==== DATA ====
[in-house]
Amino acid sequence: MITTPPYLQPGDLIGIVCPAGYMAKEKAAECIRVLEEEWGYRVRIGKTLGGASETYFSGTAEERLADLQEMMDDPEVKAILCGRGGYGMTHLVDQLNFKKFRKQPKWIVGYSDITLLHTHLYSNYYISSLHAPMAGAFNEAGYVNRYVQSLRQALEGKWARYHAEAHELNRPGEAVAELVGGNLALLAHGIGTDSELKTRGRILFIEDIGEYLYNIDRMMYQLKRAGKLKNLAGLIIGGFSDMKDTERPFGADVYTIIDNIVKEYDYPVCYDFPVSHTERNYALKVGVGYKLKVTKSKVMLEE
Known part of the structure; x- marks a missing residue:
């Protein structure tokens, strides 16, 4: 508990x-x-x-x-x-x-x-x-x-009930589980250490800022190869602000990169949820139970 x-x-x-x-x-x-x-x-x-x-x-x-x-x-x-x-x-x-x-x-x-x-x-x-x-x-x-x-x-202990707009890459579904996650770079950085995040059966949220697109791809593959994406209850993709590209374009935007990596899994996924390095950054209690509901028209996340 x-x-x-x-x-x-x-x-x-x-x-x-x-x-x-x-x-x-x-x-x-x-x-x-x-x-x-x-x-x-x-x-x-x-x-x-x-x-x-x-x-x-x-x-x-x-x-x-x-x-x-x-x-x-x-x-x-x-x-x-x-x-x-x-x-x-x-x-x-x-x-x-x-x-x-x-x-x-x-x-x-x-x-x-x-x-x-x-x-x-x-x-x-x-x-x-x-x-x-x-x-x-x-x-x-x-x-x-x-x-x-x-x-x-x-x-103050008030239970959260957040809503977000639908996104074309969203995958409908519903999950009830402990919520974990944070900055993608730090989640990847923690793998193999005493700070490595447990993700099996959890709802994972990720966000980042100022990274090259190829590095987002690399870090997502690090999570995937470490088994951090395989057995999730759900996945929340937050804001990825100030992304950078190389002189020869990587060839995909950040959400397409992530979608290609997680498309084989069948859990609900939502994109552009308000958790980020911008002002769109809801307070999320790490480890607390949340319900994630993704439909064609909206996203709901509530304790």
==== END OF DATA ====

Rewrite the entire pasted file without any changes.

[in-house]
Amino acid sequence: MITTPPYLQPGDLIGIVCPAGYMAKEKAAECIRVLEEEWGYRVRIGKTLGGASETYFSGTAEERLADLQEMMDDPEVKAILCGRGGYGMTHLVDQLNFKKFRKQPKWIVGYSDITLLHTHLYSNYYISSLHAPMAGAFNEAGYVNRYVQSLRQALEGKWARYHAEAHELNRPGEAVAELVGGNLALLAHGIGTDSELKTRGRILFIEDIGEYLYNIDRMMYQLKRAGKLKNLAGLIIGGFSDMKDTERPFGADVYTIIDNIVKEYDYPVCYDFPVSHTERNYALKVGVGYKLKVTKSKVMLEE
Known part of the structure; x- marks a missing residue:
């Protein structure tokens, strides 16, 4: 508990x-x-x-x-x-x-x-x-x-009930589980250490800022190869602000990169949820139970 x-x-x-x-x-x-x-x-x-x-x-x-x-x-x-x-x-x-x-x-x-x-x-x-x-x-x-x-x-202990707009890459579904996650770079950085995040059966949220697109791809593959994406209850993709590209374009935007990596899994996924390095950054209690509901028209996340 x-x-x-x-x-x-x-x-x-x-x-x-x-x-x-x-x-x-x-x-x-x-x-x-x-x-x-x-x-x-x-x-x-x-x-x-x-x-x-x-x-x-x-x-x-x-x-x-x-x-x-x-x-x-x-x-x-x-x-x-x-x-x-x-x-x-x-x-x-x-x-x-x-x-x-x-x-x-x-x-x-x-x-x-x-x-x-x-x-x-x-x-x-x-x-x-x-x-x-x-x-x-x-x-x-x-x-x-x-x-x-x-x-x-x-x-103050008030239970959260957040809503977000639908996104074309969203995958409908519903999950009830402990919520974990944070900055993608730090989640990847923690793998193999005493700070490595447990993700099996959890709802994972990720966000980042100022990274090259190829590095987002690399870090997502690090999570995937470490088994951090395989057995999730759900996945929340937050804001990825100030992304950078190389002189020869990587060839995909950040959400397409992530979608290609997680498309084989069948859990609900939502994109552009308000958790980020911008002002769109809801307070999320790490480890607390949340319900994630993704439909064609909206996203709901509530304790």